Now that I have my spots identified, it’s time to fish. My favorite tackle combination for this style of fishing is my St. Croix Legend Xtreme 69MLF rod, paired with a Pflueger Supreme reel, spooled with 8 lb test Fireline Crystal. This combination lets me fire cranks towards the shore from considerable distances, preventing me from spooking these shallow water fish. The medium-light St. Croix rod is extremely sensitive, yet very forgiving with a big fish boatside. I use a cross-lock snap to connect the line to my crankbait of choice. With our lake’s shallow water panfish forage base, I tend to favor Rapala Shallow Shad Raps in the #5 (early summer) and #7 (mid-summer) sizes, although we have also enjoyed success with Rapala Team Esko cranks. A long cast followed by a steady, moderate-paced retrieve is typically all that is required to elicit strikes from these feeding, shallow-water walleyes. We try to place our casts within a couple feet of the shore, and fish the baits all the way back to the boat. Many strikes occur within the first couple of reel cranks, demonstrating that feeding fish can be found chasing bait tight to the shoreline. I will vary my retrieve speed, not within a single cast, but over a series of multiple casts to see if the walleyes are more responsive to a slow retrieve or to a more aggressive one. Keep your rod tip parallel to the water, and set hooks with a firm, sweeping hookset to move hooked fish rapidly away from any remaining fish that are still on the feed.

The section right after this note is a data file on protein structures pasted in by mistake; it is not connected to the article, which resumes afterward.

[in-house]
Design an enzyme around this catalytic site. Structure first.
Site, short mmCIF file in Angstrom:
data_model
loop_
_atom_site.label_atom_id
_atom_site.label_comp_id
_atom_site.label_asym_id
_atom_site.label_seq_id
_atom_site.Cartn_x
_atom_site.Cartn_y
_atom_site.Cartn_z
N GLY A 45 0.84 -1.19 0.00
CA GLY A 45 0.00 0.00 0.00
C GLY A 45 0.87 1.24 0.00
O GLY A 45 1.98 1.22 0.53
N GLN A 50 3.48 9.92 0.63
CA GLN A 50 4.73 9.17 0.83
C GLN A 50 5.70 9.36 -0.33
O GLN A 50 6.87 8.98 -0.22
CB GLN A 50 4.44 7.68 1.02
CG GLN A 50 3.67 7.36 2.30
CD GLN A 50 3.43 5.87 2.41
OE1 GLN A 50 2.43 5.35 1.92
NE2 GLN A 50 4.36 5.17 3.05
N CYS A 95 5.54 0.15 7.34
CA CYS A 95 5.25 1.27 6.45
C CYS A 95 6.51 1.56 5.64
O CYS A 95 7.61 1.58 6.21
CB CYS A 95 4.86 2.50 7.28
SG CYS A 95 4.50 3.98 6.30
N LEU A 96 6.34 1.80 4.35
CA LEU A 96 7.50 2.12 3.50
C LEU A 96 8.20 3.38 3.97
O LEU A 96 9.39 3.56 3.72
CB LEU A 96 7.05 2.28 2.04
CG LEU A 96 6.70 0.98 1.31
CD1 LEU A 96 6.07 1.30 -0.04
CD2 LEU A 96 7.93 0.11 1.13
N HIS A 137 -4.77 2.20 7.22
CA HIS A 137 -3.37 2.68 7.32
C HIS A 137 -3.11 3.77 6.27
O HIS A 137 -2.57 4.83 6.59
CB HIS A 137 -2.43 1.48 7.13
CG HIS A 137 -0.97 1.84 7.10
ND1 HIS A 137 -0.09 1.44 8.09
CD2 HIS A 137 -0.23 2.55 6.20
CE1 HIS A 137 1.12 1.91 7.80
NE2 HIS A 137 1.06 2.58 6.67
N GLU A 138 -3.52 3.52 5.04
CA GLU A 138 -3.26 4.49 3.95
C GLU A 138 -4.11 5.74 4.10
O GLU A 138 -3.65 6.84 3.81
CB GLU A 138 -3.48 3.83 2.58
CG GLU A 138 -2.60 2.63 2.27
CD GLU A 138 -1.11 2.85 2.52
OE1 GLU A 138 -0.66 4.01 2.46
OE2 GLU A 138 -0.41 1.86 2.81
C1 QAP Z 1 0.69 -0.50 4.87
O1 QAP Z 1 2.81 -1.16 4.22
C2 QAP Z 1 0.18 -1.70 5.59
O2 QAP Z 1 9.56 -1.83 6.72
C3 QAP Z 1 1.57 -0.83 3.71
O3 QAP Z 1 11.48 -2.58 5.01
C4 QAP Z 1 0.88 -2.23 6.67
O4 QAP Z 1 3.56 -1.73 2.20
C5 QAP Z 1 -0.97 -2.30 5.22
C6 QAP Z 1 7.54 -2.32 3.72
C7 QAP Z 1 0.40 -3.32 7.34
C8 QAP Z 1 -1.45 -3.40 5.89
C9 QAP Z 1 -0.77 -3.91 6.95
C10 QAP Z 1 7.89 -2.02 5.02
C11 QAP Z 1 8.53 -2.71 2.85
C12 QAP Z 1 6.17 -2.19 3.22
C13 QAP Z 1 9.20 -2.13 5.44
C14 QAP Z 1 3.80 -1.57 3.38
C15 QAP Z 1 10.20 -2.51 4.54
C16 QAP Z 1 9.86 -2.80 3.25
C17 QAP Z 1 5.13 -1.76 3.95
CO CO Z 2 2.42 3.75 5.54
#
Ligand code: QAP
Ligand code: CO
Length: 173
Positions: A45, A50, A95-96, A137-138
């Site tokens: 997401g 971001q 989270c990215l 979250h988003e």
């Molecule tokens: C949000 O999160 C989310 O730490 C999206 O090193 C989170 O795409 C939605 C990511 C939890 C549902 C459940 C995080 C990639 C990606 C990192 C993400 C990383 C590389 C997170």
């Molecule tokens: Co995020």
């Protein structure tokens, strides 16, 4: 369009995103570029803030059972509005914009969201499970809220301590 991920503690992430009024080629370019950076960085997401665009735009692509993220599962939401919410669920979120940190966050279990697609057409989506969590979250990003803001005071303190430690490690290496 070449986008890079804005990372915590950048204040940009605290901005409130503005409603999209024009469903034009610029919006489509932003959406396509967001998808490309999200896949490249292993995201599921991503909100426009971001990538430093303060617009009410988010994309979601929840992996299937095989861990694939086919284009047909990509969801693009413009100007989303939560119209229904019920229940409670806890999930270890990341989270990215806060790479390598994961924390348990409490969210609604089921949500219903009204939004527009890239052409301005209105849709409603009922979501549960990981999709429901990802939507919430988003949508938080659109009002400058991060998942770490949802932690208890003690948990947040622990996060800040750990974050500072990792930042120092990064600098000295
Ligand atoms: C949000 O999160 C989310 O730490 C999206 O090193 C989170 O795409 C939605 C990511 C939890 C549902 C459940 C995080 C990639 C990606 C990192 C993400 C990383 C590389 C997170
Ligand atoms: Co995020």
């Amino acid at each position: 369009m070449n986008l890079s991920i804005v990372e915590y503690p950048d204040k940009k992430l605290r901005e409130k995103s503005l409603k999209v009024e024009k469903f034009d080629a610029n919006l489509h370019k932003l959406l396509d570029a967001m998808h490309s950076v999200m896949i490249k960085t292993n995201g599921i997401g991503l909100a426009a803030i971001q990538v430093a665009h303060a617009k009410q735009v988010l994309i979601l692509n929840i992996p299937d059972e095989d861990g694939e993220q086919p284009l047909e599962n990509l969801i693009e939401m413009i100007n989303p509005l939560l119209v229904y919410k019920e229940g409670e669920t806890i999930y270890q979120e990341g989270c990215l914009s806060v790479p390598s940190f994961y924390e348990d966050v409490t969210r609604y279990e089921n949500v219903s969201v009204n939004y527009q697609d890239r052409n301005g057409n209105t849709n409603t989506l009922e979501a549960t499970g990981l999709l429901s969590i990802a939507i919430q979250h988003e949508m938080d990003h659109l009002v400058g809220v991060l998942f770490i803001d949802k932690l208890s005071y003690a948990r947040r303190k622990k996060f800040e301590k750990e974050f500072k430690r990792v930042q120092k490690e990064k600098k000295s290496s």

Before you hit the water on a summer evening, ensure that you are prepared for your nighttime angling experience. I stow all of the extra gear (rods, tackle boxes, etc) that I know I won’t use that evening. I make sure that my navigation lights are in working order, and that PFDs are available for and worn by all of my guests. Headlamps and flashlights are must-have items for nighttime angling…and don’t forget a camera with a good flash! Make sure that the net and unhooking tools are accessible too, as you’ll likely need them. Drive to and from your spots slowly and with care. Finally, when you release fish in the warm shallow waters of summer, please spend the time necessary to ensure a successful release. Larger fish in particular will need some time boatside with your support before they can swim away on their own. Summertime walleye fishing after dark is a GREAT way to cap a warm summer day. You will likely enjoy some multi-species action as a bonus, with largemouth and smallmouth bass, musky, and pike also being available in the shallows once the sun goes down. So get out there and enjoy…and let us know how you did!

Casting crankbaits for summer walleyes after dark
Dr. Jason Halfen 
Professional Walleye Angler